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The University of Tennessee favors any changes to federal policy and processes that could help more students earn college degrees and graduate on time, UT President Joe DiPietro told a panel about federal financial aid on Tuesday.
DiPietro was a participant in a discussion hosted by U.S. Sen. Lamar Alexander at Pellissippi State Community College to answer questions about Alexander’s proposal to streamline the Free Application for Financial Student Aid, or FAFSA form.
The Financial Aid Simplification and Transparency (FAST) Act is expected to be introduced by Alexander and U.S. Sen. Michael Bennet of Colorado in November and acted upon next year. The proposed legislation seeks to reduce the FAFSA form from more than 100 questions to a handful, to allow families to learn earlier in their college application process how much aid they qualify for, to simplify the number of federal grant and loan programs, to extend the use of Pell grants year-round, and simplify repayment options and discourage students from borrowing too much.
Most students applying to and enrolled at UT’s undergraduate campuses in Knoxville, Martin and Chattanooga fill out the FAFSA form to receive aid and to apply for Tennessee’s HOPE scholarship. Tuesday’s panelists all agreed a shorter form would be beneficial and could help eliminate a perceived barrier to applying for college.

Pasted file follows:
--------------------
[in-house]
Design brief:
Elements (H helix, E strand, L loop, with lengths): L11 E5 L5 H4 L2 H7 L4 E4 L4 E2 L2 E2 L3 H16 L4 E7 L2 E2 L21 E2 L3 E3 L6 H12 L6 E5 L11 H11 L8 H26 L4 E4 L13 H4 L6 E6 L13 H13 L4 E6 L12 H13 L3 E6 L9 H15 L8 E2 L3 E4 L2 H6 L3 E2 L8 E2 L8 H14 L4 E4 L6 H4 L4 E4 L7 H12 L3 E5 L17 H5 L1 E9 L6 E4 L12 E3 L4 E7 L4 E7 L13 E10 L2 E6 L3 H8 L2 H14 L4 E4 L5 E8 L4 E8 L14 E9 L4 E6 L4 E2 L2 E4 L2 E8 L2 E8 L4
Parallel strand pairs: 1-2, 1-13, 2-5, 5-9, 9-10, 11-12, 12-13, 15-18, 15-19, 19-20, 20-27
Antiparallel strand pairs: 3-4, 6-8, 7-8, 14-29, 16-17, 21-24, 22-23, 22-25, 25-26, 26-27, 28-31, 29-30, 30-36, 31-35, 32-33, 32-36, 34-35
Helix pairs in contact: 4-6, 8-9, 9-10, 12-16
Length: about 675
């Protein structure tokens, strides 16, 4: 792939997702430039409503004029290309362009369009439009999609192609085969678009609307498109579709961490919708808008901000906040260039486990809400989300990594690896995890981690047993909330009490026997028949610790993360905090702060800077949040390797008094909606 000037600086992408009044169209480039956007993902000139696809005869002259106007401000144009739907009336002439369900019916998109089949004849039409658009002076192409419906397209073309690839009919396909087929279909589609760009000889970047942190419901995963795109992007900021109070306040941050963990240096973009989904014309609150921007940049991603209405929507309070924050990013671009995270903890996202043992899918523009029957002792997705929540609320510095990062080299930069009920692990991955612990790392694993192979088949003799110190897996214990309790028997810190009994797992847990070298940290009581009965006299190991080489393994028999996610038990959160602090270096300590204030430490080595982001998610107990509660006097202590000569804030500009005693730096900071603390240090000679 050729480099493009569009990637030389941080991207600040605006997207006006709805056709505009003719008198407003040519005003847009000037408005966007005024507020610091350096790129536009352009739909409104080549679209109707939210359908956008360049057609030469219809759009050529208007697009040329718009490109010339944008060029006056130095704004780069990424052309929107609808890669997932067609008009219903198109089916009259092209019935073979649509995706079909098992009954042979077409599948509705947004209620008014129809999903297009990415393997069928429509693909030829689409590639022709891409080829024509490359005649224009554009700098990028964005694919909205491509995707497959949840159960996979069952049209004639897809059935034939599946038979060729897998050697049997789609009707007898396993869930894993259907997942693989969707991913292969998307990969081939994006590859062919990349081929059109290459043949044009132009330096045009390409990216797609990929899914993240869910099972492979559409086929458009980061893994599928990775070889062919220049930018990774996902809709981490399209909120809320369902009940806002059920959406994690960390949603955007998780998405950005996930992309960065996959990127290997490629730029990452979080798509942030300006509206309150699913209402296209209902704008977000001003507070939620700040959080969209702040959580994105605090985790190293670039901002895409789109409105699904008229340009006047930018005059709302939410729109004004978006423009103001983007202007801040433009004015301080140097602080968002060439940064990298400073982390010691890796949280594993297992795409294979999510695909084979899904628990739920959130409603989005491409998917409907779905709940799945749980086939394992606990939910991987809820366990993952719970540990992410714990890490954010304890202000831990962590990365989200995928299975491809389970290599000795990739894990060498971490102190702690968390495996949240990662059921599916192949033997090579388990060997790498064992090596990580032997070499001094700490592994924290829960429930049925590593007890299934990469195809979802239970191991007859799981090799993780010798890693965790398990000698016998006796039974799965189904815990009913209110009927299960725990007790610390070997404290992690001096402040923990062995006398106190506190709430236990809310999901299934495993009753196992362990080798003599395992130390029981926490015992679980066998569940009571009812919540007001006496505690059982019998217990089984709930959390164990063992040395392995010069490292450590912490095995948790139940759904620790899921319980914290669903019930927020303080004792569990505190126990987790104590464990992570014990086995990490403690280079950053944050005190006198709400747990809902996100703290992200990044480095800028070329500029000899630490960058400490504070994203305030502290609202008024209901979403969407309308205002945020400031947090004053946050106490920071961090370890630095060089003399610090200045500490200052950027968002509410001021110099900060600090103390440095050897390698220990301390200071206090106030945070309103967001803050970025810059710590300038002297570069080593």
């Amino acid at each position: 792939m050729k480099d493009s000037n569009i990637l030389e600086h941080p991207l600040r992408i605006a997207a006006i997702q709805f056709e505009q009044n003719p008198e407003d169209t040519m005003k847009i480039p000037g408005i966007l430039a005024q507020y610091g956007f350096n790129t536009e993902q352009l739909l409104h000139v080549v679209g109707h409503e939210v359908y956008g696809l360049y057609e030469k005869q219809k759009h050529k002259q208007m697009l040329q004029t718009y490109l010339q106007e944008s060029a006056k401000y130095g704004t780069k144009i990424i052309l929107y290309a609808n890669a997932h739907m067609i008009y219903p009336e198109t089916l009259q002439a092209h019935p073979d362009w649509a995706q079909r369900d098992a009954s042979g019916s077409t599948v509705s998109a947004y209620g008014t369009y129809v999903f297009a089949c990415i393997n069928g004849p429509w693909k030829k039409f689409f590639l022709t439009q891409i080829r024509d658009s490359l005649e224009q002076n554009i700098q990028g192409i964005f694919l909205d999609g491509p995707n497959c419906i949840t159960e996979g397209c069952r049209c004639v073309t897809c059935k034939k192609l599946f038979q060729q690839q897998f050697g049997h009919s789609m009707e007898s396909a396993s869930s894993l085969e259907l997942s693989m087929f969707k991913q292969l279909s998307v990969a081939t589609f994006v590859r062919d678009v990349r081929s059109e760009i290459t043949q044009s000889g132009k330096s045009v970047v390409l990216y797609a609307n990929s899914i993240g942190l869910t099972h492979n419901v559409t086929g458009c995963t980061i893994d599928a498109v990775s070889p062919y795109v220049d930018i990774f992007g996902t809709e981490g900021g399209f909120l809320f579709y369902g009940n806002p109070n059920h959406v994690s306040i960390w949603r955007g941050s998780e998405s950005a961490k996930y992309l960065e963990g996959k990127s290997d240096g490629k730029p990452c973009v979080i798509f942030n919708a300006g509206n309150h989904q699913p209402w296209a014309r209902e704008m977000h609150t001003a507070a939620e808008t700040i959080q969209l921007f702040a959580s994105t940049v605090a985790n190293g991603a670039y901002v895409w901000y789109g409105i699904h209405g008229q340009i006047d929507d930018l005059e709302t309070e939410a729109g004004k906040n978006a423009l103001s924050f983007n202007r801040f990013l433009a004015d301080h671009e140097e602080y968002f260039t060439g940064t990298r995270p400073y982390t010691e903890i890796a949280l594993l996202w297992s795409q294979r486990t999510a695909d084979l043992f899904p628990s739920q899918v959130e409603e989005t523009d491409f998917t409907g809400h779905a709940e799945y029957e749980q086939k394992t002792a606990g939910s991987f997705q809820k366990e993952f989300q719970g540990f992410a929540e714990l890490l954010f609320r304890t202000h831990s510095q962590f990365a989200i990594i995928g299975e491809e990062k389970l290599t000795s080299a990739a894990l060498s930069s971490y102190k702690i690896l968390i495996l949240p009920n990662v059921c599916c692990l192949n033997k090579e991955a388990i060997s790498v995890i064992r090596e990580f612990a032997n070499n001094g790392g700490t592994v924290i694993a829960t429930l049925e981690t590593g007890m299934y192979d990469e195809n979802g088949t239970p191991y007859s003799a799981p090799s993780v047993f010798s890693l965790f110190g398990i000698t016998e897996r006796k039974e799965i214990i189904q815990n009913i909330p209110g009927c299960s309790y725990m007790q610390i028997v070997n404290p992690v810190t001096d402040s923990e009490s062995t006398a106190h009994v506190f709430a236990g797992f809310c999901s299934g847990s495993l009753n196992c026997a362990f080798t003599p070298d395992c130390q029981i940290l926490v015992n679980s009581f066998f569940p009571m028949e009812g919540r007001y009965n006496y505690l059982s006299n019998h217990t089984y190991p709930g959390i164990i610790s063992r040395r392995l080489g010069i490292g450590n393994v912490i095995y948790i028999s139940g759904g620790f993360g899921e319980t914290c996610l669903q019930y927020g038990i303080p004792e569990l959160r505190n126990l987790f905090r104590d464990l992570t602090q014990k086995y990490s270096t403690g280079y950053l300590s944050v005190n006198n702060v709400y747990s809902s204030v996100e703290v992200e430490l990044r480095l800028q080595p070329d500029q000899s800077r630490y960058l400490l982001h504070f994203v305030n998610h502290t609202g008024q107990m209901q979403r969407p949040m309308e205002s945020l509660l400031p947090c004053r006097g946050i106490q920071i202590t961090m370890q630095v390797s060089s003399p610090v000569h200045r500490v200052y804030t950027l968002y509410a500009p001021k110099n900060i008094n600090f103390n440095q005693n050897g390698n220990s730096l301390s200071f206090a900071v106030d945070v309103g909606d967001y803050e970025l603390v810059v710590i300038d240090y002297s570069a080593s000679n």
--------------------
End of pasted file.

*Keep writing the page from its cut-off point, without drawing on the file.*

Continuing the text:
“We think this is a great idea to make it easier and simpler moving forward,” DiPietro said.
UT officials believe more Pell-eligible students would take summer classes if the grants were extended beyond the fall and spring semesters. About 35 percent of all UT undergraduates receive Pell grants, with the highest percentage at UT Martin, at 47 percent for FY14.
“If you look at the year-round aspect of the Pell, we would be all over that,” DiPietro said. “We think it’s a really good thing from the standpoint of four-year institutions and community colleges.”
Tuesday’s panel also discussed how the complexity of financial aid, in general, is a barrier for students and their families, and DiPietro said UT is making strides in advising and providing information to help in the process.
“We now have a mantra that says student success… is everybody’s job,” DiPietro said. “We’re doing our level best to make sure more and more that our students are completing on time.”